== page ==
Salma Hayek joined host Caroline Modarressy-Tehrani to discuss her recent project “The Prophet,” an animated film adaptation of Lebanese writer Kahlil Gibran’s 1923 book of the same name. But when a viewer asked the 48 year old actress if she had been discriminated against for her accent or background before she became famous, the star revealed that fame was not a deterrent to discrimination.
“Of course, I’ve been discriminated,” Hayek told the host. “I think America has a very severe problem with discrimination that we try to overlook. It’s there.”
When Modarresy-Tehrani asked for a specific moment she experienced discrimination, the Mexican-born actress said there are “just so many” but she specifically recalled an incident in a Los Angeles movie theater when the actress and a friend tried to sit in the center of the theater near another patron.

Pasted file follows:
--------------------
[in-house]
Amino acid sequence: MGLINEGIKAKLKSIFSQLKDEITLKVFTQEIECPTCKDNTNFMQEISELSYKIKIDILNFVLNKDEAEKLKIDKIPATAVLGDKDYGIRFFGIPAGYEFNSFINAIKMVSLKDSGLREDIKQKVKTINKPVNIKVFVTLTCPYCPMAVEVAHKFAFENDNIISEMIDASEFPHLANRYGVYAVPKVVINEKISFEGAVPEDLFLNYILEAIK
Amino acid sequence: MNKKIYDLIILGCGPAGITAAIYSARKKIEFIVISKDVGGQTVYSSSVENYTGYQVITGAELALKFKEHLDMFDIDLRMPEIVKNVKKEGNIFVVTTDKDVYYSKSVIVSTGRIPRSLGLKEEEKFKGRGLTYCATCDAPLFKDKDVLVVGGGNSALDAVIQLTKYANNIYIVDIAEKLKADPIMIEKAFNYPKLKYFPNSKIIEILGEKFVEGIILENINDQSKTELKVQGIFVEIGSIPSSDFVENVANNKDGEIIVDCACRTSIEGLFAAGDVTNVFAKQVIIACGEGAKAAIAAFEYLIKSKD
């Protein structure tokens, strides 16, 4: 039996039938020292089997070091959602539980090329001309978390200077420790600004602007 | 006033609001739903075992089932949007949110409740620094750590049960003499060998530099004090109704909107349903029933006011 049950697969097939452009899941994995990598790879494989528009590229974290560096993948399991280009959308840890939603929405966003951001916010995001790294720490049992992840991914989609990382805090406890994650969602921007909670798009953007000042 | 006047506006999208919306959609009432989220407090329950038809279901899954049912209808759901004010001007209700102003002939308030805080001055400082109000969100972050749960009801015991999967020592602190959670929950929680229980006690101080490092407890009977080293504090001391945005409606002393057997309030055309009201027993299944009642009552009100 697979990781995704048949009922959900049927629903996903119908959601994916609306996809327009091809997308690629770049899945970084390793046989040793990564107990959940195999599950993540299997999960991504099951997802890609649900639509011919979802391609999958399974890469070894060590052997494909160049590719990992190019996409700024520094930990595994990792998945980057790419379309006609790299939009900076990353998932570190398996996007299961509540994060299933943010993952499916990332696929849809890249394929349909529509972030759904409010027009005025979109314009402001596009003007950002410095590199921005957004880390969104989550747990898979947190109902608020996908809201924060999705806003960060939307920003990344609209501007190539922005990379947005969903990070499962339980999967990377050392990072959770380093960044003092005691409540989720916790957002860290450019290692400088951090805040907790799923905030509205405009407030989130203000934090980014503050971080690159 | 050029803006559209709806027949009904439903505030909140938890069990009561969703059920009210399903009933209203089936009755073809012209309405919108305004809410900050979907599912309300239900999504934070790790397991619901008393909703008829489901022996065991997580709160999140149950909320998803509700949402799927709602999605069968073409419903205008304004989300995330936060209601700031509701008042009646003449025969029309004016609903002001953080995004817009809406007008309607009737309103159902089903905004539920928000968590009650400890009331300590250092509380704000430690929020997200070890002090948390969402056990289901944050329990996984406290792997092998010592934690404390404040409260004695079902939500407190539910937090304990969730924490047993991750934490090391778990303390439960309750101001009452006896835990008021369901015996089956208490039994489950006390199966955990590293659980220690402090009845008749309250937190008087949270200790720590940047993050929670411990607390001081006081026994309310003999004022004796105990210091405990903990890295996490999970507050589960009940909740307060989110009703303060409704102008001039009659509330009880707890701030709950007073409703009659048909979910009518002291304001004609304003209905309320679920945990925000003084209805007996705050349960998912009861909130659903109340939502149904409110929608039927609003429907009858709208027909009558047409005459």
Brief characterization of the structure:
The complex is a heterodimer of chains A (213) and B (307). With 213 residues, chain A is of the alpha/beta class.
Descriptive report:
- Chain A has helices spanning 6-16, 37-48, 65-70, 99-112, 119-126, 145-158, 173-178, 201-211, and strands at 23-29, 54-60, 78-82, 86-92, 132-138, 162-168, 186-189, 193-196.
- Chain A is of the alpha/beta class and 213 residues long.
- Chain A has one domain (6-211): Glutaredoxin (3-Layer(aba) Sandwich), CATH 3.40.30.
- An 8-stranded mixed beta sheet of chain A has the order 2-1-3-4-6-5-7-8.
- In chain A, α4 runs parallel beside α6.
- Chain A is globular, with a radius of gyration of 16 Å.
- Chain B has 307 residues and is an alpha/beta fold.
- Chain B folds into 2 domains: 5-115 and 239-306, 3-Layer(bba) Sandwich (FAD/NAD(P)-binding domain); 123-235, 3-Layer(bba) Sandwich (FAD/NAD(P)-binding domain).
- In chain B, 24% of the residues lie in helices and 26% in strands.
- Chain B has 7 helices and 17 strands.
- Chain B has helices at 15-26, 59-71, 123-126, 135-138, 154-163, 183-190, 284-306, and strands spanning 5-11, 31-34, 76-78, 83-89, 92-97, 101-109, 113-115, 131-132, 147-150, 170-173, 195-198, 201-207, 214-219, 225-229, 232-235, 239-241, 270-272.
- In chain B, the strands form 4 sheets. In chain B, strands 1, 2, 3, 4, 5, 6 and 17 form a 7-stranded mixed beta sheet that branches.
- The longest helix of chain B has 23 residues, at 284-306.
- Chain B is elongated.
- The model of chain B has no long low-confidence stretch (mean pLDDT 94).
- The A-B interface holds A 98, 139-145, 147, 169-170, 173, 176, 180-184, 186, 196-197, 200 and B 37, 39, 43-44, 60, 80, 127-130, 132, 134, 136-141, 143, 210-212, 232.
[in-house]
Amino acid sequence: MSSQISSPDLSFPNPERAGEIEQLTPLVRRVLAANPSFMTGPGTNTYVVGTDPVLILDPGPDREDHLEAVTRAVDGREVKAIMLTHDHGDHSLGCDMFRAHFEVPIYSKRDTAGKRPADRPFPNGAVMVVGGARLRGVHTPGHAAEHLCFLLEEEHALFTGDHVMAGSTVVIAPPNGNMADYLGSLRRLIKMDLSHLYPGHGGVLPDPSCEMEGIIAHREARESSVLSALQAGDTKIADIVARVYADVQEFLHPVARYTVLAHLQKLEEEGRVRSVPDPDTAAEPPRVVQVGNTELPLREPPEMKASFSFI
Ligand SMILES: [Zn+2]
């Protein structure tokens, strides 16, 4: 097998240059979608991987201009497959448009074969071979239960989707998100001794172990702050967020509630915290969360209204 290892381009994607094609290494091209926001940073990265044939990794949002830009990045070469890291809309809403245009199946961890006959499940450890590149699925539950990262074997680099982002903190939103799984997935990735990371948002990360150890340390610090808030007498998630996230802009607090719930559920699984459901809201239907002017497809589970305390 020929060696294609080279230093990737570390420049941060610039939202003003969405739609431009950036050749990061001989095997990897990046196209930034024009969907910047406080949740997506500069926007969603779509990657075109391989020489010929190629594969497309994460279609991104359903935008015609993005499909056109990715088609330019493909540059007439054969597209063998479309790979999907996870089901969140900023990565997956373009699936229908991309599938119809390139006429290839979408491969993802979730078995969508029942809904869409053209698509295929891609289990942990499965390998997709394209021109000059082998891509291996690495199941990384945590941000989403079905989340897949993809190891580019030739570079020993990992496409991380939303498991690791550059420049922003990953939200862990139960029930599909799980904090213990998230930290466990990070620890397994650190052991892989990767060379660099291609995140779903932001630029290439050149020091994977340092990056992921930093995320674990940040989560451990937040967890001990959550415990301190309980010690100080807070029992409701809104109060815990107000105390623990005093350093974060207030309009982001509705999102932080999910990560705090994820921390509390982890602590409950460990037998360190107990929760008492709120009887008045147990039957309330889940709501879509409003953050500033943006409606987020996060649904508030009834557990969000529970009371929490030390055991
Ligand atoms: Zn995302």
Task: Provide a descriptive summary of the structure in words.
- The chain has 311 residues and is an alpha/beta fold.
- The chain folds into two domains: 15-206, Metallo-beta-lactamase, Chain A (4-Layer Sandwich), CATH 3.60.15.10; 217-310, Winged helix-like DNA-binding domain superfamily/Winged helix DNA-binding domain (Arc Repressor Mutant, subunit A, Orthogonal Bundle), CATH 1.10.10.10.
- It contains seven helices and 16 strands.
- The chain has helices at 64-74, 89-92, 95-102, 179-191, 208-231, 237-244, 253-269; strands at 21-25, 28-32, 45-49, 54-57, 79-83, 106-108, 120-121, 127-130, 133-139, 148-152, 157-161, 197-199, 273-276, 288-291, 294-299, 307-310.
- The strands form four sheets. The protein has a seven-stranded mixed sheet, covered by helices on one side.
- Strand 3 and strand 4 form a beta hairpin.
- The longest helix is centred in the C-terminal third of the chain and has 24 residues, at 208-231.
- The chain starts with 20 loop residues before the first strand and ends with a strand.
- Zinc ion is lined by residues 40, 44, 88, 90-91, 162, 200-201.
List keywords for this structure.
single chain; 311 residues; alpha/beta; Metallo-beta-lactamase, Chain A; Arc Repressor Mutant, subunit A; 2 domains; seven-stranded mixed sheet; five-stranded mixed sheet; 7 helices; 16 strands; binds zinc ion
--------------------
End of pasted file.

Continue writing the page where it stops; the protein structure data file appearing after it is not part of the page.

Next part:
The patron in question told the duo that they couldn't sit there, adding, the actress recalls, "I don’t want to feel your presence there." The conversation quickly turned aggressive, Hayek said, with the man screaming that she and her friend should "Go back to their country!" to which Hayek says she responded, "Not only do I have my citizenship but even before it was America, this was already my country and if you don’t like it you can move."
Earlier in the interview, Hayek, who is of Lebanese-descent, also stated that she believes discrimination is particularly bad for women.
“Now imagine I’m a woman, Latin and Arab and you’re asking me, ‘have I ever been discriminated?” she said with a laugh.
“I have a whole book that I could write about these moments, that are very memorable,” Hayek added. “But I have to say they never really quite hurt me.”